The truth about the high costs of importation to the U.S.A.
So you have decided to become the proud owner of an Andalusian horse, one of the most coveted breeds in the U.S. One of the main questions you may have in front of you is whether you should import the horse of your choice directly from one of Spain’s renowned yeguadas or buy directly from a ranch in the U.S.
While this is a question that has no easy answer, what might make your decision making process easier, is solid knowledge of what the process of importing an Andalusian entails, including some of the “hidden” costs you may not have thought about. Let’s start with the basics.
After you have set your eyes on a horse, you will want to do a pre-purchase examination which costs around 300-400 EUR (the price indicated is in EUR because the tests are performed in Spain; please, convert to USD using the most current exchange rate).
Then there is a mandatory Piroplasmosis (popularly known as "Piro") test before the horse can be allowed to be shipped to the U.S. The horse must also be tested for dourine, glanders and equine infectious anemia.
Moving a horse long distance is, unfortunately, not an easy task, and thus comes with a hefty price tag.
Moreover, importing an Andalusian into the U.S. is about more than the actual moving of the horse from location A to location B. Horses imported from Spain are required to quarantaine in a special facility in Madrid for about a month. The total cost of quarantine plus transport to the European airport and then to JFK/LAX et al U.S. comes down to around 6500 EUR per animal.
Afterwards, there is another 3-day mandatory USDA quarantine once the horse sets foot on U.S. soil. It will set you back $850, after which the horse can be released, provided it is not sick.
While not required by law, you will also most likely need the services of a shipping agent to handle all the paperwork, the coordination between the different government agencies, etc. after the 3-day quarantine period is over.
Typically, enlisting a shipping agent costs around $2000.
Another consideration you need to have when importing an Andalusian from Spain to the U.S. is that if the horse tests positive for either dourine, glanders or equine piroplasmosis, its quarantine period can be extended by another 28 days, the cost of which is entirely at the importer's expense.
After a maximum of 28 days, the horse can be retested and if they still test positive, they will be denied entry in the U.S. In such a scenario, you will be facing two options: either exporting the horse back out of the U.S. within 10 days or euthanizing it humanely. This can not only be costly but also a very unpleasant experience.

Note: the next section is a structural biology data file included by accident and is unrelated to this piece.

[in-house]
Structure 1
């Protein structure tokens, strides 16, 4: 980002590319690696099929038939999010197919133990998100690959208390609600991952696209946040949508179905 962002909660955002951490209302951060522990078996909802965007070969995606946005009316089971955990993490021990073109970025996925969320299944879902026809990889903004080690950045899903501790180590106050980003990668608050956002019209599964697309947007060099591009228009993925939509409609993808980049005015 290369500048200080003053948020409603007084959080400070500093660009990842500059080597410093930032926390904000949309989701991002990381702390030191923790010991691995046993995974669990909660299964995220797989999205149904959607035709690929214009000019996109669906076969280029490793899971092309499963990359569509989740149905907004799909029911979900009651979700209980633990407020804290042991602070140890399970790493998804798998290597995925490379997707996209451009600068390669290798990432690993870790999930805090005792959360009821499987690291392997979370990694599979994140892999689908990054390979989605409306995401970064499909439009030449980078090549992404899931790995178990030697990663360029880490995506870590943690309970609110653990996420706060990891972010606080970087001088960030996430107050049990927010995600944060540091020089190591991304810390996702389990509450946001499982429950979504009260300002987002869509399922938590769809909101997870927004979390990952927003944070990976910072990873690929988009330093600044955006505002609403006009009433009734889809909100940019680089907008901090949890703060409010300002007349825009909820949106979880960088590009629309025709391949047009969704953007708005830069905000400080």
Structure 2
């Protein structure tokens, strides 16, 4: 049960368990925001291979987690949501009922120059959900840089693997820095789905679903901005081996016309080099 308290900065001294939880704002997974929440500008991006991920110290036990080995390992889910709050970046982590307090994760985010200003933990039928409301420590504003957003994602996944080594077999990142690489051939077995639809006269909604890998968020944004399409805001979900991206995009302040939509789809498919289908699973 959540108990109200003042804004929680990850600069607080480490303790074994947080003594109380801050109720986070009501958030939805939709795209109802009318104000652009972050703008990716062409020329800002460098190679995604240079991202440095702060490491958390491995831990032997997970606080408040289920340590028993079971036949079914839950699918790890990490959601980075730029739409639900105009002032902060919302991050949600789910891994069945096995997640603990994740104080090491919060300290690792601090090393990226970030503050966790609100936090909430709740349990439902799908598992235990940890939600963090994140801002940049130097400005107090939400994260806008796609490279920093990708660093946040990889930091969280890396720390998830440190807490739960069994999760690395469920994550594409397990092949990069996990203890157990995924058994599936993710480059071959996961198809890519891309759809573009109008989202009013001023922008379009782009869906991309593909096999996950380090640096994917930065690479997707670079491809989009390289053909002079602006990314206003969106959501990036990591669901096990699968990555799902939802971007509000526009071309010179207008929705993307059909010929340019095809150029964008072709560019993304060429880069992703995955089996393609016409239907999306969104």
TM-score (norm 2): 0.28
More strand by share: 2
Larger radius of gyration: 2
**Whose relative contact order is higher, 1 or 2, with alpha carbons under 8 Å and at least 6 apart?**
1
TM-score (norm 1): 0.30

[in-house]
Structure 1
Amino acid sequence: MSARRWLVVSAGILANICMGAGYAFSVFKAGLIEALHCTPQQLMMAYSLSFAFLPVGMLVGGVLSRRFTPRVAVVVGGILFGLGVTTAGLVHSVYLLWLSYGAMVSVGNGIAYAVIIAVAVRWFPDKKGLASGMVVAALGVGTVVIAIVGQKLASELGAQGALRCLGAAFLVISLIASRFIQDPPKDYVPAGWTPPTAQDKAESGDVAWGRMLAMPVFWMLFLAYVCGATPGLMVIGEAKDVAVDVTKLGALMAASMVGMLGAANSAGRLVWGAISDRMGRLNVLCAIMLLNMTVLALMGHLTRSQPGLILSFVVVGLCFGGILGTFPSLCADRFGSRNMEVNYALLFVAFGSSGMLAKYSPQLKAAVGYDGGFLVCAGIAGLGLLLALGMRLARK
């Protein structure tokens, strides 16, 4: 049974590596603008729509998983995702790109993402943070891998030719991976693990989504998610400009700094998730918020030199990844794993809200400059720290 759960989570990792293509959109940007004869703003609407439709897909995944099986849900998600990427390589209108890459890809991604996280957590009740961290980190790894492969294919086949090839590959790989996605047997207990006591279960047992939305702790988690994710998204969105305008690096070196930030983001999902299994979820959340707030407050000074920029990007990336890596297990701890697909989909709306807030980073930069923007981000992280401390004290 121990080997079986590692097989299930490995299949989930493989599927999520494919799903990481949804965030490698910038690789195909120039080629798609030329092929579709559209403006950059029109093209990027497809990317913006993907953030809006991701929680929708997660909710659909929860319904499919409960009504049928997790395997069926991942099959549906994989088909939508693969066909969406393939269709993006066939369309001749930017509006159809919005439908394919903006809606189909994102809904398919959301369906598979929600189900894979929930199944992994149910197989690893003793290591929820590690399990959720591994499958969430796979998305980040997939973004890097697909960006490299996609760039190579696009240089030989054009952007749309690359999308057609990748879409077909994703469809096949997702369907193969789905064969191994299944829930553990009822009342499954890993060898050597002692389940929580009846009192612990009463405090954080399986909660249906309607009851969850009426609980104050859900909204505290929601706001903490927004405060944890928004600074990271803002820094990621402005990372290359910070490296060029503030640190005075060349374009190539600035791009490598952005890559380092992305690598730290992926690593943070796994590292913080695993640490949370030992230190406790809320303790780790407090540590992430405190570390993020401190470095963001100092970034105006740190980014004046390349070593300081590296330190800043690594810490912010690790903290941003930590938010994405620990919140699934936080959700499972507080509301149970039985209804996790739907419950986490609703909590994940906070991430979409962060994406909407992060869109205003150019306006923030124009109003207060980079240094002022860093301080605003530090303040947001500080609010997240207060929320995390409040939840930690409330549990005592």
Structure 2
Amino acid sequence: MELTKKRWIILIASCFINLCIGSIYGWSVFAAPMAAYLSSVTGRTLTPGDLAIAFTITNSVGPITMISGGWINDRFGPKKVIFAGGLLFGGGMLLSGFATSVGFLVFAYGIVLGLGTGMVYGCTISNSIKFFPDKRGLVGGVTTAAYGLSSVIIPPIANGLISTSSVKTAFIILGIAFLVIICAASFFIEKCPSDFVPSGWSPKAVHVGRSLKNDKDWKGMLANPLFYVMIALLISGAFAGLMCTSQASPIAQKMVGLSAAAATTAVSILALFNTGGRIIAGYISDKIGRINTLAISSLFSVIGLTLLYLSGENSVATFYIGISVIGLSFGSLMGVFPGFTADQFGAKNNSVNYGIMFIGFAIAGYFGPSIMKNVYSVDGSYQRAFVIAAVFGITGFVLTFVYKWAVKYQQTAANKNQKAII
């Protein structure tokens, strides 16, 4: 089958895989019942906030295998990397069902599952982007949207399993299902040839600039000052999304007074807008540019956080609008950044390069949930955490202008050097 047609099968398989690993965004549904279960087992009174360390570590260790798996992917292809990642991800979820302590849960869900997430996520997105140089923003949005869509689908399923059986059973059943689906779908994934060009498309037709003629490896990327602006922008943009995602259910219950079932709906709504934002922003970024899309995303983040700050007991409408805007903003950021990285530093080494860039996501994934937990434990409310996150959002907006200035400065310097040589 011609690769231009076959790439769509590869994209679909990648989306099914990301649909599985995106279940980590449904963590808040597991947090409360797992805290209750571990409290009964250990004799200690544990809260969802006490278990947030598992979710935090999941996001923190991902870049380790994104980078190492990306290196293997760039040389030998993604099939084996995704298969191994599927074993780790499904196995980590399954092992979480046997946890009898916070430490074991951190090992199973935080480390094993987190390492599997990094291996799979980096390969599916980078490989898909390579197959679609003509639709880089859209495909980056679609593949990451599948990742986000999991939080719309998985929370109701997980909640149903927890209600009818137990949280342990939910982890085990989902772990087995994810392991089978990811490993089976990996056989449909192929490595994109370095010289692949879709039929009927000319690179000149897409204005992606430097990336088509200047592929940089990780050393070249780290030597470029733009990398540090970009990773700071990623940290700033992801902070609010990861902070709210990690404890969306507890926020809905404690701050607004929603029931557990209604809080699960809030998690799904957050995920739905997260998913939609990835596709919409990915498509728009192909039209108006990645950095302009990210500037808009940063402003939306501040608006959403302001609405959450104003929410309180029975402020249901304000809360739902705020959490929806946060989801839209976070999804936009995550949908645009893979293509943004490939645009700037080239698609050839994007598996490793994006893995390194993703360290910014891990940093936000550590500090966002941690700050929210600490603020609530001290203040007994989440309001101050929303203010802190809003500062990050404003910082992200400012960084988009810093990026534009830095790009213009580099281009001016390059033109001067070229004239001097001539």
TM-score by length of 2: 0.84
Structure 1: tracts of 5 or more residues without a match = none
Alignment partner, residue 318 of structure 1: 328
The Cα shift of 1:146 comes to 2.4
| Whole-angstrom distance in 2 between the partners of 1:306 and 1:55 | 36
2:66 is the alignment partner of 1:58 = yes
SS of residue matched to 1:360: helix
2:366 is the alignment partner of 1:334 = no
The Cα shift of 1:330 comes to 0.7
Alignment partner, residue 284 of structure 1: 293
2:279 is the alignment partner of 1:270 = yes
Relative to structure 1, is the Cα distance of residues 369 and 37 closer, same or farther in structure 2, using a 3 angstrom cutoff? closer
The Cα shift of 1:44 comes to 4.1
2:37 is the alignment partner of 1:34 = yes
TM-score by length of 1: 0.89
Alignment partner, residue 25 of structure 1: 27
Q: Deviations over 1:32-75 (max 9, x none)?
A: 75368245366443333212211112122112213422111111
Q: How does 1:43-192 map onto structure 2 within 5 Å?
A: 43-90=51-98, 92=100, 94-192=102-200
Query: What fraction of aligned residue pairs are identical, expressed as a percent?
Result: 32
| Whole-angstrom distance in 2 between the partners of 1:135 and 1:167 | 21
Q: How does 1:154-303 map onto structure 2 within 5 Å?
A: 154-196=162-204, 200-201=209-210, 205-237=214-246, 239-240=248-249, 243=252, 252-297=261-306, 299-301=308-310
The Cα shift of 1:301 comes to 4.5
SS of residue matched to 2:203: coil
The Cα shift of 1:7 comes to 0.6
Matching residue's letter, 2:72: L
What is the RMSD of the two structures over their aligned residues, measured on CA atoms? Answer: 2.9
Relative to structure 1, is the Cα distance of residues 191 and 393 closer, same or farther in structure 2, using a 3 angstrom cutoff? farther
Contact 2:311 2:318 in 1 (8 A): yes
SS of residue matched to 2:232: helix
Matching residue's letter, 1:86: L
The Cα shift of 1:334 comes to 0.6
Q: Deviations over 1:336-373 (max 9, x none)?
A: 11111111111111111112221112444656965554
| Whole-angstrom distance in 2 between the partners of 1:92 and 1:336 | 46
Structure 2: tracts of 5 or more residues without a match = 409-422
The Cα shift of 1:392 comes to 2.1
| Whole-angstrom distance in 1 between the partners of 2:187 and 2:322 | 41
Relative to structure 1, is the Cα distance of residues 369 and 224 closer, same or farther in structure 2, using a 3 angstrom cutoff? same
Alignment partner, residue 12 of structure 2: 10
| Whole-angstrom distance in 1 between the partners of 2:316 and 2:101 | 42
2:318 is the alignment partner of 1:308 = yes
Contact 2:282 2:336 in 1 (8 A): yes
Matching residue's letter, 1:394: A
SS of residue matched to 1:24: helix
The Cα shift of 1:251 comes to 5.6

Upon release from customs, if the horse you are importing is two years or older, it will be required to undergo a CEM quarantine in an USDA-approved facility. CEM stands for Contagious Equine Metritis, a highly contagious venereal disease that is prevalent in Europe, passed from one horse to another during mating.
A horse that tests positive for CEM will not be allowed entry into the U.S. and the USDA requires further testing once the horse is in the country. The required quarantine period differs for mares (15 days) and stallions (33 days). A typical price for a CEM quarantine is $4,000 for mares and $8,000 for stallions.
Bringing it Home
Assuming everything went smoothly, you will now be ready to bring your Andalusian home. It's hard to estimate transportation costs here, as that would depend on your location. Just as an example, a typical journey from JFK airport to the Central US will typically cost around $3,000.
As you can see from the overview above, importing a horse from Spain into the U.S. can be costly and time-consuming.
With this in mind, here at Western Gailes Ranch, we strive to bring you only the best of the Spanish yeguadas but on U.S. soil. Our philosophy has been formulated with the guidance of the great masters of P.R.E. breeding science in Spain. We spent many days, weeks and months researching and then selecting great broodmares with the best morphological and character qualities to produce our foals.
If you are interested in purchasing an Andalusian horse, or simply learning more about this magnificent breed of horses, we invite you to browse our website.